As Utica continues to mold the details of the eighth Ice Festival, one thing for certain is there will be beautiful ice sculptures on display in the historic center of Utica and along the Van Dyke corridor Feb. 10-12.
“The Utica Ice Festival will be bigger and better than ever,” said Mayor Jacqueline Noonan.
Noonan, along with newly elected Councilwoman Faith Terenzi, has joined the Downtown Development Authority’s committee, chaired by John Sattman, owner of and Tom Steeh, owner of the building that houses GarageBand Music on Cass Avenue, to organize the event.
“The idea is to notice downtown and notice our establishments and enjoy a fun afternoon with your family,” Noonan said.
By word of mouth, between 35 and 50 businesses and organizations have already committed to sponsoring an artistic ice sculpture during the festival.
Jeff Wolf, a Shelby Township artist and owner of, and his team will carve all the Utica Ice Festival Sculptures before the show. One final masterpiece will be created live at the ice festival.
The four elementary schools in Utica—, , and —will participate in a design contest themed “Utica Loves Winter.” All three designs submitted will be carved, but the grand prize winning design will be carved live during the festival.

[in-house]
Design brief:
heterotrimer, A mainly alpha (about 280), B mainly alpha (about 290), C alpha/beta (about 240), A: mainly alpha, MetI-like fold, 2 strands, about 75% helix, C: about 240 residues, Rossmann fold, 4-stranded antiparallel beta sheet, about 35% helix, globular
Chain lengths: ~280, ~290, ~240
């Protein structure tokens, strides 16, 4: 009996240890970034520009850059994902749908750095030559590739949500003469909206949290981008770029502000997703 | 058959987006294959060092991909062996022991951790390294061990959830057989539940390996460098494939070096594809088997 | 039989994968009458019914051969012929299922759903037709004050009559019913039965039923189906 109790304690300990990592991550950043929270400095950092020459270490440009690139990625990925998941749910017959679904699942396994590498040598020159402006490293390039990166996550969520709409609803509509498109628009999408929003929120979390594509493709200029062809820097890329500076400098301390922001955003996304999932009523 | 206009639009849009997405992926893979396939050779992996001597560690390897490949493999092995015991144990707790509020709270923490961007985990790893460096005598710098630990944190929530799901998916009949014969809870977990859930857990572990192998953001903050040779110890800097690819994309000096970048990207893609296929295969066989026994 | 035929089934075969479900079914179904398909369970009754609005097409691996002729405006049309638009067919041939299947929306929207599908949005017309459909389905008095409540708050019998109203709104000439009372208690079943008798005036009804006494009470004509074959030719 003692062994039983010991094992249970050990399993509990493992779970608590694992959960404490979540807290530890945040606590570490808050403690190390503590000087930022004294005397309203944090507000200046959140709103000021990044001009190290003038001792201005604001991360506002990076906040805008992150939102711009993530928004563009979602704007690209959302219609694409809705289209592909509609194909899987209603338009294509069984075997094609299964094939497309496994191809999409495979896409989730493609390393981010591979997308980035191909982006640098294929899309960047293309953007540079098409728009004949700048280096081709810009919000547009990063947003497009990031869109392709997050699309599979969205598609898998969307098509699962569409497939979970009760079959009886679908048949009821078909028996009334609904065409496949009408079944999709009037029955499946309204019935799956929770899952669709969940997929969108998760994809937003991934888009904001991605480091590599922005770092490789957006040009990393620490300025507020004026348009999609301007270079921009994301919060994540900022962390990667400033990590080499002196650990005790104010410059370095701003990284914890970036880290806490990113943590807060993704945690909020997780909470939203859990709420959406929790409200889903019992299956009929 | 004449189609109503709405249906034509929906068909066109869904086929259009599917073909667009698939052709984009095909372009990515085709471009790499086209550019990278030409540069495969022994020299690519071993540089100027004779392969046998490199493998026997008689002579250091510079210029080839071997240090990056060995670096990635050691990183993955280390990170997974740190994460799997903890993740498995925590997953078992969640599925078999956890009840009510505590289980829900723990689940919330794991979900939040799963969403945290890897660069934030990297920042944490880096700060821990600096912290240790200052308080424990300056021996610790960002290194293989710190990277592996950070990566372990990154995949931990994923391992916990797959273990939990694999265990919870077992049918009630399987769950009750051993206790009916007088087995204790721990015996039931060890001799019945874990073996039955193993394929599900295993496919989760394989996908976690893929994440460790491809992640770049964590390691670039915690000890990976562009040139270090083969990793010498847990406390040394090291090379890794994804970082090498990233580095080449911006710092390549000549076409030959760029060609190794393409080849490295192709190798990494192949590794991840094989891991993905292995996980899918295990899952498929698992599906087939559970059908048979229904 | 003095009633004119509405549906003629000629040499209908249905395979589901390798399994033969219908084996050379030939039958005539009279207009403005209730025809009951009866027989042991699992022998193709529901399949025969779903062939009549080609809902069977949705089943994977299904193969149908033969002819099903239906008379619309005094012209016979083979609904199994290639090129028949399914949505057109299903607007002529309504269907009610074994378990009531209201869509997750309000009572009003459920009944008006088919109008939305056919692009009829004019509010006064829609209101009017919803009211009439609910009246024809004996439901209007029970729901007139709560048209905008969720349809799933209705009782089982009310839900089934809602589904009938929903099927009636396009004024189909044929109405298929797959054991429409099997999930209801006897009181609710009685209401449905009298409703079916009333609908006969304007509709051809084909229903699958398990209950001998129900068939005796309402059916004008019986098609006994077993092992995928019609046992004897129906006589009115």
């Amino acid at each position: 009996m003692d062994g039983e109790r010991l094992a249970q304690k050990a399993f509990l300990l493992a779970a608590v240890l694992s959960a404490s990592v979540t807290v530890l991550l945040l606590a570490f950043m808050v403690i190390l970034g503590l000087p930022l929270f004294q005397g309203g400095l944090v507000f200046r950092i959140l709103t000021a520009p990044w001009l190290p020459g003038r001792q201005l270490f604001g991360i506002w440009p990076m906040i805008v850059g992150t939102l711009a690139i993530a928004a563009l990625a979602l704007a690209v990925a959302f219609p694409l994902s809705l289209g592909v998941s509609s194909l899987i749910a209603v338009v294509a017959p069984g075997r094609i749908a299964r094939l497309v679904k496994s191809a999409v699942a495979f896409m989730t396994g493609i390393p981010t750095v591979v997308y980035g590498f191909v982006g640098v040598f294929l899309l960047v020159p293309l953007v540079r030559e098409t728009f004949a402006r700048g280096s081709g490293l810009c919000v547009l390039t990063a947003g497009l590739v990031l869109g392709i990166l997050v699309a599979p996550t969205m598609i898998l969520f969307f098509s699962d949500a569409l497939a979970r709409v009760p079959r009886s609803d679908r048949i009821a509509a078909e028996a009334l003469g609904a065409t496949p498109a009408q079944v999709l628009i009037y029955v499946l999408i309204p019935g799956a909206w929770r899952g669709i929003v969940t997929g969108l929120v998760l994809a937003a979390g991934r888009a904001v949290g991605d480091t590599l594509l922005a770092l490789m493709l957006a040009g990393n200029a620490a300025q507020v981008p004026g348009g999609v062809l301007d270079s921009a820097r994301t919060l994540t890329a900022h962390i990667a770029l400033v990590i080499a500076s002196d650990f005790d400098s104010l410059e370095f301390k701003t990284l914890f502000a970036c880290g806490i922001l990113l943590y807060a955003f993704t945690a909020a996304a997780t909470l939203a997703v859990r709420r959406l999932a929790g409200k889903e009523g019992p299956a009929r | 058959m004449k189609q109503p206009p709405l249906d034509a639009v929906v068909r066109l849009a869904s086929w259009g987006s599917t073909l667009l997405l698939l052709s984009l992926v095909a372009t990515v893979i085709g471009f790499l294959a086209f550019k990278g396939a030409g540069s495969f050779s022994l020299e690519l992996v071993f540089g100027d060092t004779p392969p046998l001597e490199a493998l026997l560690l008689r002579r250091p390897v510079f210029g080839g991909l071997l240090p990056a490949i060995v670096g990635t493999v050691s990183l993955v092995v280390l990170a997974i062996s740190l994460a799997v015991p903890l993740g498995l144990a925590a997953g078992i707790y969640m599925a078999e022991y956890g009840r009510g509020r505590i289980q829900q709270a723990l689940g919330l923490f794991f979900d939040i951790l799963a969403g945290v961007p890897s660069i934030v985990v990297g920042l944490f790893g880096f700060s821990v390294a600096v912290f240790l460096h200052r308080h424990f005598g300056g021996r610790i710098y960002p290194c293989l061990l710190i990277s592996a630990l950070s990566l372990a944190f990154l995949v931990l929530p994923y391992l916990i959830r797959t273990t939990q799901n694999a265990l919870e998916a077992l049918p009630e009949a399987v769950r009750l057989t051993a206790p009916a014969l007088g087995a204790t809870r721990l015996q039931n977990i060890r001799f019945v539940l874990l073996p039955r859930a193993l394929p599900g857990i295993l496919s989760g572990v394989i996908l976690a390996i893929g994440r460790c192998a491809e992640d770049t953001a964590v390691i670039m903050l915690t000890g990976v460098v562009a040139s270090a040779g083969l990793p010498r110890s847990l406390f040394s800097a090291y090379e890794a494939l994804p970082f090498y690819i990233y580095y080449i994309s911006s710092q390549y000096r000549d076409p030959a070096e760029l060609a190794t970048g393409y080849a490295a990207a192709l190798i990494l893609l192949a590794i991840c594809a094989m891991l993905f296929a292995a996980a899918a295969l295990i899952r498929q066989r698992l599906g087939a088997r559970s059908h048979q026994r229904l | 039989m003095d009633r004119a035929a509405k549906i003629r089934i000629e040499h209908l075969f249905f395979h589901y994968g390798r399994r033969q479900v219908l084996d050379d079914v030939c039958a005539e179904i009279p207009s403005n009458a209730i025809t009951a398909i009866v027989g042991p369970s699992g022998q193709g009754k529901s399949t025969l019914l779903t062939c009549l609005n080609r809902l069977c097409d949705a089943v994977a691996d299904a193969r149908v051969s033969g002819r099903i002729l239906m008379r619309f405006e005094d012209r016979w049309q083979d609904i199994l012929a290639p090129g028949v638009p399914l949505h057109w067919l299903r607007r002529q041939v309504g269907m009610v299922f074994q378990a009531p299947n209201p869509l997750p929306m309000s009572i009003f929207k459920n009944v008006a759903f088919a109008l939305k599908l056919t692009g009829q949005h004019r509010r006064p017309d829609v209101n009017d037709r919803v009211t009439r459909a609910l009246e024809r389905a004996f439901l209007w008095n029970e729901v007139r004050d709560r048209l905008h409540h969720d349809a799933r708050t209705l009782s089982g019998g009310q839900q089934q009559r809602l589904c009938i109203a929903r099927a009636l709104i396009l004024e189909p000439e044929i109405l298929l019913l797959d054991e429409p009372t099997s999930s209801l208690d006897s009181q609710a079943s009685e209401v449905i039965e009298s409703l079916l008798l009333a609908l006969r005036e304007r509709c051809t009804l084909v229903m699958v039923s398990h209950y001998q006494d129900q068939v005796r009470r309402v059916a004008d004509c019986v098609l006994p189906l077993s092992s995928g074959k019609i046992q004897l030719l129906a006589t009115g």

Other attractions include a horse drawn carriage ride through town to see the sculptures, live entertainment, a warming station inside of city hall with free hot cocoa and, weather permitting, an ice rink at Grant Park.
Noonan said the committee, which has had a late start on the festival planning, has tons of ideas to keep the little ones entertained such as a snowman building contest, and celebrity signings. However, Noonan said the final details will come later this week after the DDA’s meeting.
The ice festival was started in 2002 and ran until 2008, with one year off in 2006 for Super Bowl XL because ice carvers were busy in Detroit.
The event was canceled in 2009 and 2011 because of a lack of funding.
“It was canceled in 2009 because of an enormous global financial meltdown. In 2011, we faced the same kind of situation: businesses were struggling so desperately—after two weeks of trying to get sponsors—it was canceled because the economy was too bad,” said Noonan.
However, Noonan said the tides have changed and 2012 will be a great year for the Utica Ice Festival.